Today’s post comes from Claire Payton, a research assistant at New York University’s Margaret Sanger Papers Project.
Of the millions of women who take the pill each day, most think about it only during the second or two it takes to swallow it; for the most disciplined among us, taking it requires no thought at all. We pop it out of simple packages in pastel colors, but where did the pill really come from? The story of the pill is much more complex than the packaging suggests.
A few weeks ago marked the 52nd anniversary of FDA approval of the first birth control pill in 1960. Within five years, more than six and a half million women were using it to regulate their families! This new medication completely revolutionized relationships, society, and the workplace by allowing women to postpone having children. The pill seems entirely commonplace today, a benign if essential prop in our social landscape, yet its development was entirely dependent on the intertwining lives of a few key personalities, one of whom was Margaret Sanger.
For years, Sanger had been searching for an affordable and discreet method of family planning. The common methods of douching and pulling out were unreliable and distasteful to many; diaphragms were more dependable but were expensive and required multiple visits to the doctor’s office for fittings (see her 1916 pamphlet Family Planning ). At the Margaret Sanger Research Bureau in Brooklyn, Sanger investigated various alternatives, such as spermicidal foams and powders, but none were universally effective. Chemicals that worked well in one climate spoiled in another. Other options were prohibitively expensive for most women.
As early as August 1939, Sanger wrote to Clarence Gamble, describing the urgency for a more effective birth control method: “I’ve got herbs from Fiji which are said to be used to prevent Conception. I’m hoping this may prove to be the ‘magic pill’ I’ve been hoping for since 1912 when women used to say ‘Do tell me the secret’ ‘Can’t I get some of the medicine too?.’” The pressure continued to build and in 1946 Sanger confided to a friend that she was “feeling more and more despondent as I saw and realized more than ever the inadequacy of the diaphragm reaching millions of women who need and should have something as simple as a birth control pill.”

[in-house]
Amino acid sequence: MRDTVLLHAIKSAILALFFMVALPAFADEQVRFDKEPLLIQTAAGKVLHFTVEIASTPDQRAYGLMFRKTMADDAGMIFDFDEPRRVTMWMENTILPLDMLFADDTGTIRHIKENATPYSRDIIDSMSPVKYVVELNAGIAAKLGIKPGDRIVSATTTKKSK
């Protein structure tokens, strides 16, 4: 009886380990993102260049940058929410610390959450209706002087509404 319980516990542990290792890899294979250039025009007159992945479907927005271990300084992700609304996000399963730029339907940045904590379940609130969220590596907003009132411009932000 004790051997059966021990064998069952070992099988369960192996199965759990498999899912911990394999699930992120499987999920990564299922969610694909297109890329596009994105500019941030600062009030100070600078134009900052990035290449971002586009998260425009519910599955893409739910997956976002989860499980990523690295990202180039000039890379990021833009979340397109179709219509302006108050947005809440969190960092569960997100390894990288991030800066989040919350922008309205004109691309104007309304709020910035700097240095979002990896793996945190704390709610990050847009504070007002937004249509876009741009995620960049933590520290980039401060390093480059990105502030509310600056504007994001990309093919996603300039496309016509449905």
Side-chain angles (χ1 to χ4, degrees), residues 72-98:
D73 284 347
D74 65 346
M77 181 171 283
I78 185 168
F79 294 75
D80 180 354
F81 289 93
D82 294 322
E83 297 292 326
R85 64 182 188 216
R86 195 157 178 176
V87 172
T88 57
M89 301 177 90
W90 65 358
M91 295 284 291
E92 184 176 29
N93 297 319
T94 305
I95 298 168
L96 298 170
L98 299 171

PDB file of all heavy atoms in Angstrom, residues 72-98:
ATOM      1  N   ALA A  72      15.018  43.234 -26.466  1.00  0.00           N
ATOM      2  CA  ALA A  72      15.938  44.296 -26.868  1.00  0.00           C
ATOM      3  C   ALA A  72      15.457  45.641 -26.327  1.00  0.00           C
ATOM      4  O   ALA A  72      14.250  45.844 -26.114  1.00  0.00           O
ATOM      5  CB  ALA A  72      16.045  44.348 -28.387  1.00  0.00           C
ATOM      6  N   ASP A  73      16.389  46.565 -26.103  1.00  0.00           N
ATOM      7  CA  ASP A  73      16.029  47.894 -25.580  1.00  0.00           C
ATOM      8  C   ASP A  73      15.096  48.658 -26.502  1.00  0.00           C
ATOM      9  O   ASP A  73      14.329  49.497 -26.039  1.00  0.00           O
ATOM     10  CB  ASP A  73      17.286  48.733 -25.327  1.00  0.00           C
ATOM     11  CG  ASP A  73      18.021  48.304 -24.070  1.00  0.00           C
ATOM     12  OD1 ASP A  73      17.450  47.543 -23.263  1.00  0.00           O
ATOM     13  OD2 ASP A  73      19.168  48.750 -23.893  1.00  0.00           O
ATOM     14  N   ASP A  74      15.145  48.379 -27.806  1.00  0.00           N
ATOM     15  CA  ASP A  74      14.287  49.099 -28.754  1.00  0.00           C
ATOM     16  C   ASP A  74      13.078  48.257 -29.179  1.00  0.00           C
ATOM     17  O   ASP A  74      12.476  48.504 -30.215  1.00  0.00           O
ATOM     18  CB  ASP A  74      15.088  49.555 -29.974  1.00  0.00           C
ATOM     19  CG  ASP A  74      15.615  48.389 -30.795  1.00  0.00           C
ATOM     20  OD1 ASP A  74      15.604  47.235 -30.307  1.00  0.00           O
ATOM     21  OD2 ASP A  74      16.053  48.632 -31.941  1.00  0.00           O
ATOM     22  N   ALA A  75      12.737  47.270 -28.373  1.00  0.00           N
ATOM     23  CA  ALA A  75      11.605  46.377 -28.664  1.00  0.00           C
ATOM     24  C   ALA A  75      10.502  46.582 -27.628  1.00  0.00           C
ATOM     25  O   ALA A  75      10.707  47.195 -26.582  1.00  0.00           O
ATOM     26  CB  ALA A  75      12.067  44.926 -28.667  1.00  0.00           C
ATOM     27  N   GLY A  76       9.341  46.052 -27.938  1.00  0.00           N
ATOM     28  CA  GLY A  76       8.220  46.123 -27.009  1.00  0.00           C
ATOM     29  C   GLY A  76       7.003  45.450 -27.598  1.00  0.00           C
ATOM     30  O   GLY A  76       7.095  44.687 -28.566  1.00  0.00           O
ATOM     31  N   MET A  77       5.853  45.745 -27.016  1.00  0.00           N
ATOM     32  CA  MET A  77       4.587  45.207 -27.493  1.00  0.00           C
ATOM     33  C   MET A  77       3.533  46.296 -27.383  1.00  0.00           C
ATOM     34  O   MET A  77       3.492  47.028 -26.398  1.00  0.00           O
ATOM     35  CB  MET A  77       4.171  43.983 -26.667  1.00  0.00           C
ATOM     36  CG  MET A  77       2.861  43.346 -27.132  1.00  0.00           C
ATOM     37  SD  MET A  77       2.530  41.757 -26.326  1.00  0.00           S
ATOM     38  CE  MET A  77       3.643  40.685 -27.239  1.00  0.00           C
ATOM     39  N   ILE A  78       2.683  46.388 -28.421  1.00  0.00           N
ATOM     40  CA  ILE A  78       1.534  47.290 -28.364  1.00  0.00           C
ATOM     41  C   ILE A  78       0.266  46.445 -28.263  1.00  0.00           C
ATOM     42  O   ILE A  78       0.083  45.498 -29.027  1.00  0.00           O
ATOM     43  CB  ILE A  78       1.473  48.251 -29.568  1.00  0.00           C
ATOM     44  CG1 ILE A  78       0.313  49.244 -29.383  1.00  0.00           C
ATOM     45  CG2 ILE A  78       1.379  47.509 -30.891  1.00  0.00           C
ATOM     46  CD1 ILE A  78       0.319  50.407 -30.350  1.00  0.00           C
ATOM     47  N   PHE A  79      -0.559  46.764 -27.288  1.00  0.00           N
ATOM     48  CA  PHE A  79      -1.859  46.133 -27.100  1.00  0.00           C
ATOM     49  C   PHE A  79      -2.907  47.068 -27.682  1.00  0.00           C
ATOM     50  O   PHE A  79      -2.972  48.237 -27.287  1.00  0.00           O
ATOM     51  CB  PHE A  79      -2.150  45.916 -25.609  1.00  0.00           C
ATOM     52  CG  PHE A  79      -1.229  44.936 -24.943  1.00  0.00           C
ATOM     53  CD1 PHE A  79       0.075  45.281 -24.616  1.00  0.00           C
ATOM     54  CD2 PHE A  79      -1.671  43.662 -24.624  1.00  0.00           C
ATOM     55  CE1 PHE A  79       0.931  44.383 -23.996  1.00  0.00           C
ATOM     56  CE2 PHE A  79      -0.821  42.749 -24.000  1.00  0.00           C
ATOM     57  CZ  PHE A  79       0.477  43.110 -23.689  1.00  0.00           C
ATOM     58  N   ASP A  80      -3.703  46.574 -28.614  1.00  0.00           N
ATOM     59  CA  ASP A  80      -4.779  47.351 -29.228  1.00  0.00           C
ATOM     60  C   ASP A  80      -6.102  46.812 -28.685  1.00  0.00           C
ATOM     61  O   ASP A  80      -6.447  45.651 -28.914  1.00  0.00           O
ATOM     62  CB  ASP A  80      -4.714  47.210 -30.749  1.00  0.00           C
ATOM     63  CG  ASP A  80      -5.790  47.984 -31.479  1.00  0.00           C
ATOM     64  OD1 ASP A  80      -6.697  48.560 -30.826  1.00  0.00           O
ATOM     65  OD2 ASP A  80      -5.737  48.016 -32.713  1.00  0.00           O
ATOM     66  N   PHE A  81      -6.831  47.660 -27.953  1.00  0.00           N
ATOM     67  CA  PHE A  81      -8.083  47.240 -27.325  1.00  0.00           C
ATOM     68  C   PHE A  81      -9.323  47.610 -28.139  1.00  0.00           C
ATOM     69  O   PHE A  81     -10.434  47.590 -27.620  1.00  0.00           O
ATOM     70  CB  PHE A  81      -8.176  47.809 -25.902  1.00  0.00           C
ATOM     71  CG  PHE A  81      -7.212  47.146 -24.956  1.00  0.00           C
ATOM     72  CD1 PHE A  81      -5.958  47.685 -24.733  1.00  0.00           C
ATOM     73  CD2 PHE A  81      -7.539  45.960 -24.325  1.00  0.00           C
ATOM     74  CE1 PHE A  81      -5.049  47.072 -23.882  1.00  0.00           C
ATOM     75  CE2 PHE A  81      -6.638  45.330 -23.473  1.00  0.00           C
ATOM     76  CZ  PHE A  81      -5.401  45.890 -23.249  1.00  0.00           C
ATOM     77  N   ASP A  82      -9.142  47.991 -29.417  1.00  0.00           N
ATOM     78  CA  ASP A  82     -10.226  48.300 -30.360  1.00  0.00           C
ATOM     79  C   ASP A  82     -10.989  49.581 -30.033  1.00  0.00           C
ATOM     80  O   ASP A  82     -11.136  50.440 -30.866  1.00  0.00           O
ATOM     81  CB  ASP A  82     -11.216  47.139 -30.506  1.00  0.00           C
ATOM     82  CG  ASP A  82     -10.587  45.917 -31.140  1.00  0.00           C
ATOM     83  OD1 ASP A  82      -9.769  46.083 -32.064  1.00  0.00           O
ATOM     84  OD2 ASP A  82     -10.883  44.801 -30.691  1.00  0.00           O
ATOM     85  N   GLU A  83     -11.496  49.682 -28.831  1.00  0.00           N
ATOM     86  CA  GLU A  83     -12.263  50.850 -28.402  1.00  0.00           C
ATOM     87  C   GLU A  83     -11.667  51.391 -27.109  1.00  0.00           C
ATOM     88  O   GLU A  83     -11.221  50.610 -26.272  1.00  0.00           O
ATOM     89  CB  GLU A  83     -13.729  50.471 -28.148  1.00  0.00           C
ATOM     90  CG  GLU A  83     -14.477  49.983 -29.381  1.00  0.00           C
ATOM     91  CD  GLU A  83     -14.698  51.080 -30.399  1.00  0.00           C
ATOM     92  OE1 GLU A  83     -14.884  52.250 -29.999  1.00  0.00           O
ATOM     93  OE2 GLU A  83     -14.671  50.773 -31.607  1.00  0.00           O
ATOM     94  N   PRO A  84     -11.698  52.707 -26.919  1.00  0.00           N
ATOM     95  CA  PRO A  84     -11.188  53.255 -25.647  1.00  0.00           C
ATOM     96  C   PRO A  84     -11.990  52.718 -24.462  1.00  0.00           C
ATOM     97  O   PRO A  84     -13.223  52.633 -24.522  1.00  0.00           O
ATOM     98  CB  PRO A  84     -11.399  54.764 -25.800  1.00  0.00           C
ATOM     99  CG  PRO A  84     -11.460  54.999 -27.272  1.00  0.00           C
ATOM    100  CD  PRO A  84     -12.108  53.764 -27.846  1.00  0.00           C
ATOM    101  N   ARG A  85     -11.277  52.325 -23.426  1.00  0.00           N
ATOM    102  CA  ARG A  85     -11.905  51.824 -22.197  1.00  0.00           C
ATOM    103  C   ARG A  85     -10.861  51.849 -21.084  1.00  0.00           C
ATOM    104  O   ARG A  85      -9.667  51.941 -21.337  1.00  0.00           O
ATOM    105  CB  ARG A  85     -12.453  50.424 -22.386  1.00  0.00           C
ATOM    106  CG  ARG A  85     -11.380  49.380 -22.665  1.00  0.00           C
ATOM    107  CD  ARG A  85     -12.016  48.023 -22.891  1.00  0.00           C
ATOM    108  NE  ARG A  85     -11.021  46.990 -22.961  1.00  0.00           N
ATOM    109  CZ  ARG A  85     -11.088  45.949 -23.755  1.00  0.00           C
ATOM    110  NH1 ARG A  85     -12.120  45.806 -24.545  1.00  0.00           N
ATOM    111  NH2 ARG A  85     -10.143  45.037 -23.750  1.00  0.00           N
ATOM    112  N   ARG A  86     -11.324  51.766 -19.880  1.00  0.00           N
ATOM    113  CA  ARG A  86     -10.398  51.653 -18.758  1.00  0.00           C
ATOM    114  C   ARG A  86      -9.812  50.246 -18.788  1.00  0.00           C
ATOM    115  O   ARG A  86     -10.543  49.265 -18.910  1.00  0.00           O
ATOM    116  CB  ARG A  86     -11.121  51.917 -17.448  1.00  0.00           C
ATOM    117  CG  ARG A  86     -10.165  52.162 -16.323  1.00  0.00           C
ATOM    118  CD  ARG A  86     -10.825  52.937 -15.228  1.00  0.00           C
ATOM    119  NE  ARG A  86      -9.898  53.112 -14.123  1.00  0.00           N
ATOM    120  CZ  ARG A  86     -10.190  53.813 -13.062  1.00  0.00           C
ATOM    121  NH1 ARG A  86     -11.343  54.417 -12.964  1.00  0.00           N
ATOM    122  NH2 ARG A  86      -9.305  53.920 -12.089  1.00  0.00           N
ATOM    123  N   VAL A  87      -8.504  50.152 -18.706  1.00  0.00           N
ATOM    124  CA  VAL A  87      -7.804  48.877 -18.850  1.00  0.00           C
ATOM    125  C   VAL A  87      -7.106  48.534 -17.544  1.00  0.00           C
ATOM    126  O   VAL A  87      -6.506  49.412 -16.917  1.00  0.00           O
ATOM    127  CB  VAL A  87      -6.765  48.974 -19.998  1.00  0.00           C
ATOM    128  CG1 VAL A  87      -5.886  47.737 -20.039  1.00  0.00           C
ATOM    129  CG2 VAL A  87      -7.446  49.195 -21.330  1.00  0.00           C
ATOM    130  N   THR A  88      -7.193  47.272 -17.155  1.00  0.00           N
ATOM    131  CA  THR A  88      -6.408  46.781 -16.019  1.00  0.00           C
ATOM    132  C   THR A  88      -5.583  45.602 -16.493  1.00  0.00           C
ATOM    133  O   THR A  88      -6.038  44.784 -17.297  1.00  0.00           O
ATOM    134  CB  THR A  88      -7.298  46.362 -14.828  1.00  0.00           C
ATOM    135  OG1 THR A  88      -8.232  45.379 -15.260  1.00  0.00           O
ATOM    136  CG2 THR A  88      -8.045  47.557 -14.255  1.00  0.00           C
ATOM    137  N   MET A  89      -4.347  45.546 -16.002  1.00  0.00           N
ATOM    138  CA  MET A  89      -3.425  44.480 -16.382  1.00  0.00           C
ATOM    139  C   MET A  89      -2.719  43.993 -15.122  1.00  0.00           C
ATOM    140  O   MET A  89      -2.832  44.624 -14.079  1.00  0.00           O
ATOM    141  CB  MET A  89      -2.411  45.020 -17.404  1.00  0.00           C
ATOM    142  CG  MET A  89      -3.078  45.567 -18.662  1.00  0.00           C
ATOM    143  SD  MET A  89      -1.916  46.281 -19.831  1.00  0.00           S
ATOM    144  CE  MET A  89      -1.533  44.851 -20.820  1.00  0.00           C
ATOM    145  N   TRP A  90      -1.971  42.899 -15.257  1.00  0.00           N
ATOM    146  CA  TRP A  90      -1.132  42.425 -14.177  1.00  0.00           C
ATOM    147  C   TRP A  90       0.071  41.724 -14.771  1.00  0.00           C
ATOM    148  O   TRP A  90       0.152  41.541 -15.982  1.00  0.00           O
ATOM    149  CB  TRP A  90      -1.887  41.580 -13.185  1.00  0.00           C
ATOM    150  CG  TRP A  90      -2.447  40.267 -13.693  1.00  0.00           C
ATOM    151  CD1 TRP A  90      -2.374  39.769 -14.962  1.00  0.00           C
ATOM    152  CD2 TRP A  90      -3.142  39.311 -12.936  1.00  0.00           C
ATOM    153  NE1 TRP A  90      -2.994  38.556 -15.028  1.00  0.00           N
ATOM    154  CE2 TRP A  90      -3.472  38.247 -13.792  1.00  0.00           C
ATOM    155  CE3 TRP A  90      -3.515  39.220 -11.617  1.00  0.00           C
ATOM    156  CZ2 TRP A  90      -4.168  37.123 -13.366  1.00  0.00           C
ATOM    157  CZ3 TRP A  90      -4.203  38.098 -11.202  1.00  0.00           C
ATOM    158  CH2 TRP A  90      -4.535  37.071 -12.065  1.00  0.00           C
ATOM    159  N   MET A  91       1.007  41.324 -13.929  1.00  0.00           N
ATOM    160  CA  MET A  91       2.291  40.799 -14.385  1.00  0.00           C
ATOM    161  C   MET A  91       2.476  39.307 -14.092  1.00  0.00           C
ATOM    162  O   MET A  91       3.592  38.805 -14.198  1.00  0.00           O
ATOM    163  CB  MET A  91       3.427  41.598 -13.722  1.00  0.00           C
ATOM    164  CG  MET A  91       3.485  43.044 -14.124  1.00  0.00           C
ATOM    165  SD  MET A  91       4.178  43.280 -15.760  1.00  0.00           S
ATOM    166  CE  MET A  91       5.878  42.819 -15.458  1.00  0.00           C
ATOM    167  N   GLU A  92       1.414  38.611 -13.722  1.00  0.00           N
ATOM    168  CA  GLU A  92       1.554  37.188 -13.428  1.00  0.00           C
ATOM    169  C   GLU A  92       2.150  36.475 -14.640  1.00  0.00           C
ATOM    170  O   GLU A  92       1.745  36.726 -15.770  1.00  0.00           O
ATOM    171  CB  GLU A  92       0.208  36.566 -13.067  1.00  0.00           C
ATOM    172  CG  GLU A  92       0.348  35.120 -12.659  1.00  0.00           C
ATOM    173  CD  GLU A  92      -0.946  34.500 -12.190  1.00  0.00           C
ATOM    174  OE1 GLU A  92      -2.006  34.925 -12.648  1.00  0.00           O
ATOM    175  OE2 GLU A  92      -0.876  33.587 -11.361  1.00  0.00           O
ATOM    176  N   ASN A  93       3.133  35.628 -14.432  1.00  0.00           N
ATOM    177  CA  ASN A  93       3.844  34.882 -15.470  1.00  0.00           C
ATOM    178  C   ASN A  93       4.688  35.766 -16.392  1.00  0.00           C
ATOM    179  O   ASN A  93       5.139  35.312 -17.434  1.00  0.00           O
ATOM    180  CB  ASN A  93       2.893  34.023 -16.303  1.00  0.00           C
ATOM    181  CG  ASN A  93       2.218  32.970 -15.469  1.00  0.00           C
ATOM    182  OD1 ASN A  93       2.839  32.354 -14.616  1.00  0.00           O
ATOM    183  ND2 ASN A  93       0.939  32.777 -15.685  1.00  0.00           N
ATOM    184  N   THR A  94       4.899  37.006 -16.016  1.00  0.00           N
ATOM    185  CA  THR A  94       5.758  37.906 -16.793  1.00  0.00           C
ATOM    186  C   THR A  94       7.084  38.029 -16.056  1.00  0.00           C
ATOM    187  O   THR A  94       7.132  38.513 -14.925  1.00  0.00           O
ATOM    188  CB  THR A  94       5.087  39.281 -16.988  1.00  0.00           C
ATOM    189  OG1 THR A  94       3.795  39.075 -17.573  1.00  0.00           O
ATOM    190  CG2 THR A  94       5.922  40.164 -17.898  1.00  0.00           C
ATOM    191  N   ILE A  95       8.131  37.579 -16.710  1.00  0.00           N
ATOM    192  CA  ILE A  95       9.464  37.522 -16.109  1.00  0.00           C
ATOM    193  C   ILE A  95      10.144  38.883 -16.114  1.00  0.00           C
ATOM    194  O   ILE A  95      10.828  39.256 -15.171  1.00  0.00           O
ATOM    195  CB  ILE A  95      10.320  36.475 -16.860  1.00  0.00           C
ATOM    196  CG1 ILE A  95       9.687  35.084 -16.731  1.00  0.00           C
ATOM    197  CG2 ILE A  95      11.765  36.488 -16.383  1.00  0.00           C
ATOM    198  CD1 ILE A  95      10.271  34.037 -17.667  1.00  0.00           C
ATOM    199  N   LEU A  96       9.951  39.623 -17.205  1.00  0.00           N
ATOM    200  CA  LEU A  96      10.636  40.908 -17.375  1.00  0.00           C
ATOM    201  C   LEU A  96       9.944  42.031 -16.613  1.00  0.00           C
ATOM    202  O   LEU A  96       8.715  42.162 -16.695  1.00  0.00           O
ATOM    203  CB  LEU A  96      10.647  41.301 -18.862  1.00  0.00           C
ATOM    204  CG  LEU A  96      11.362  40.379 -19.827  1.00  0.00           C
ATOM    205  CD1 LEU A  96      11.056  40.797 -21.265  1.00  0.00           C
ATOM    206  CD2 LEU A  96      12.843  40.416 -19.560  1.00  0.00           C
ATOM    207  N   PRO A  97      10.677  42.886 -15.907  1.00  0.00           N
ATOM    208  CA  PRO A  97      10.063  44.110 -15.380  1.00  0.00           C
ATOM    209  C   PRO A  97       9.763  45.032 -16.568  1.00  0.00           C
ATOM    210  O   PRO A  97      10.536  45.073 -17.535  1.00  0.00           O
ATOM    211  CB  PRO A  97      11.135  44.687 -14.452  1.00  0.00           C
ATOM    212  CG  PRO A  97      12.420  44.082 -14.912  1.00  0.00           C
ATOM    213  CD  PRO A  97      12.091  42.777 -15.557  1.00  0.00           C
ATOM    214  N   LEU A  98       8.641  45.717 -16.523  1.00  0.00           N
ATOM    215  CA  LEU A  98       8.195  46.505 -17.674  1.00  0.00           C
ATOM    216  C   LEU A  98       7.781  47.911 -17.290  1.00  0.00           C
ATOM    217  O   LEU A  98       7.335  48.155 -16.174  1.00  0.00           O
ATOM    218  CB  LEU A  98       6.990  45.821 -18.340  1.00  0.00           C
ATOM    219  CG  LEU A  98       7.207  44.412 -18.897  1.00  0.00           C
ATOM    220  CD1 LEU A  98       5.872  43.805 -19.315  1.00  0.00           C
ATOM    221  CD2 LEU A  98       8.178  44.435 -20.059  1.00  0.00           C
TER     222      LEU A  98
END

The forecast on gender relations changed at a dinner party in London in early 1951, when Sanger was introduced to biologist Gregory Pincus. Pincus had been studying hormones and fertility since the 1930s, and had determined that estrogen temporarily prohibited ovulation in rabbits in the lab. His work was highly controversial and had cost him a professorship at Harvard in 1937, but he continued working by securing private funds with Hudson Hoagland, founding an independent research laboratory that would become the Worcester Foundation for Experimental Biology. Sanger was fascinated by the potential of Pincus’s research, over dinner asking the question that question that had burned in her for years: “Do you think it would be possible to develop an efficient contraceptive that would be easy to take, for example, a cheap pill?” Pincus was also greatly impressed with Sanger, who spelled out for him the important implications his research had for ameliorating poverty.
Sanger immediately set out securing funding for Pincus’s research. She introduced him to the wealthy philanthropist Katharine Dexter McCormick in 1953, who at the time was 76 years old. An avid supporter of the birth control movement, McCormick recognized the revolutionary potential of Pincus’s work and became a major benefactor, personally donating virtually all of the two million dollars (twelve million in today’s dollars!) required for research and field trials of Pincus’s experiments with progesterone. This direct sponsorship allowed Pincus and his colleagues to pursue research at a fast clip. In 1953, the first human trials began with medical students in Puerto Rico, which unlike many U.S. States had no laws on the books banning contraception.
On May 9, 1960, they announced that the FDA had approved the first birth control pill, called Enovid. Margaret Sanger, who was 80 years old and in failing health at the time, didn’t hear about the FDA’s decision until the next day, after her children had read about it in the morning papers. Upon learning that her life long search for an discrete, affordable and easy birth control method had finally come to fruition, Sanger reportedly sighed, saying “It’s about time.” She called for a toast, but her children had to go into work. In true pioneer fashion, Sanger went ahead and celebrated, alone.